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This September fall season got very busy –– not only with major museum and gallery exhibitions, but also with not-to-be-missed theater, ballet and music performances. Here are a few that I managed to catch.

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"Mojada: A Medea in Los Angeles" at the Getty Villa
Photograph courtesy of the Getty Villa

At the Getty Villa, I saw a captivating play by Luis Alfaro, who reimagined Euripides' Medea not as a tragedy taking place in Greece, but as a tragicomedy taking place here and now in Los Angeles' Boyle Heights. It starts slow, gains speed with a few laughs and jokes in the middle, and then hits tragic heights that make your hair stand on end. If this doesn't scare you, treat yourself to one of the last few performances, which take place this week.

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"Raymonda," Mariinksy Ballet at Segerstrom Center, Costa Mesa
Photographs courtesy of Segerstrom Center

The rare and brief appearance of Russian President Vladimir Putin commanded attention at the United Nations this past Sunday. At the same time, here in Southern California, we welcomed the Mariinsky Ballet from St. Petersburg, a major Russian Cultural Ambassador. How about that? Last week, at Segerstrom Center in Costa Mesa, the company performed Raymonda, a 19th century classical ballet with music by Alexander Glazunov and choreography by Marius Petipa. The dancing, the scenery, the costumes, all were splendid –– though slightly Soviet-style-old-fashioned for my taste.

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"Cinderella," Mariinsky Ballet at the Music Center, Los Angeles
Photographs courtesy of the Music Center

Next week in Los Angeles at the Music Center, the Mariinsky Ballet will perform a much more contemporary and cutting edge production, Sergei Prokofiev's Cinderella, with choreography by the renowned Alexei Ratmansky, a former dancer who, in the last decade, has directed highly acclaimed productions for major ballet companies around the world. Just look at photos of previous performances of this Cinderella… so sharp, so sexy, you don't want to miss it.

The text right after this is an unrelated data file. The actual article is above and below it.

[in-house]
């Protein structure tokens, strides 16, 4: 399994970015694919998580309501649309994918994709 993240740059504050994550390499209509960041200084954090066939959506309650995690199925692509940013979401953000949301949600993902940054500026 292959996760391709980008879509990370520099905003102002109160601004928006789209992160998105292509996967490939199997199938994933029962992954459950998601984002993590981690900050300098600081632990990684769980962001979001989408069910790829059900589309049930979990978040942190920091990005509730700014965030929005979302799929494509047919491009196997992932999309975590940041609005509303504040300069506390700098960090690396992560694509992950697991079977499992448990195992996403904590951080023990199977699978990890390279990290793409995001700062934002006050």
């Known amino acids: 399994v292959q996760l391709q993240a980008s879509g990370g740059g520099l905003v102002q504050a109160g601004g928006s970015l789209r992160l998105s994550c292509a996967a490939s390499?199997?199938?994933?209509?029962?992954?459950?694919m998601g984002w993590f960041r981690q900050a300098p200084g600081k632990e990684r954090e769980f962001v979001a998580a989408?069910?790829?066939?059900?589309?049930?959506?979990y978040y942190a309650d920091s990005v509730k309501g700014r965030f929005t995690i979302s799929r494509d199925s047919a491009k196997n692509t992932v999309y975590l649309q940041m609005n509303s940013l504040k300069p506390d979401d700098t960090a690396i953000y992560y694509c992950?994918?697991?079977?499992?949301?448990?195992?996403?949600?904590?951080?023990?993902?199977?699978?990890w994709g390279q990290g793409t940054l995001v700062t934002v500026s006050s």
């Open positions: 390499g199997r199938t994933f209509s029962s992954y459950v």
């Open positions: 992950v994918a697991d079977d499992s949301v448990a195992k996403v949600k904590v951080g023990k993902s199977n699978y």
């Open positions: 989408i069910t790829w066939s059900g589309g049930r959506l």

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(L) James Cuno, President and CEO of J. Paul Getty Trust
(C) Paul Goldberger. "Building Art: The Life and Work of Frank Gehry," 2015
(R) Paul Goldberger, architecture critic, New York Times
Photographs courtesy of the Getty Center

Another performance took place last Sunday, this one on the stage of the Getty Center's auditorium. It was a very insightful, and at the same time surprisingly informal conversation between James Cuno, President and CEO of J. Paul Getty Trust, and Paul Goldberger, architecture critic for the New York Times, who just published a new biography of Frank Gehry. The conversation was about the personal doubts and trials, along with the amazing achievements of the 86–year-old Gehry, who was honored the following day, on Monday, with the J. Paul Getty Medal.

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Cathedral of Our Lady of the Angels
Plácido Domingo conducting concert in tribute to his late sister
Photograph by Edward Goldman

On Monday night in downtown LA, several thousand people stood in line in front of the Cathedral of Our Lady of the Angels, waiting for the gates to open. That night, Plácido Domingo conducted a free concert in memory of his late sister. For this occasion, he chose to conduct Rossini's liturgical Petite messe solennelle, accompanied by students and alumni of the Colburn Conservatory of Music, along with a chorus and soloists.

So, this past weekend, which started with Medea taking place in Boyle Heights, ended with Rossini in the heart of LA. Indeed, a weekend to remember –– all art, all the time.

To learn about Edward's Fine Art of Art Collecting Classes, please visit his website and check out this article in Artillery Magazine.

Building Art

Paul Goldberger

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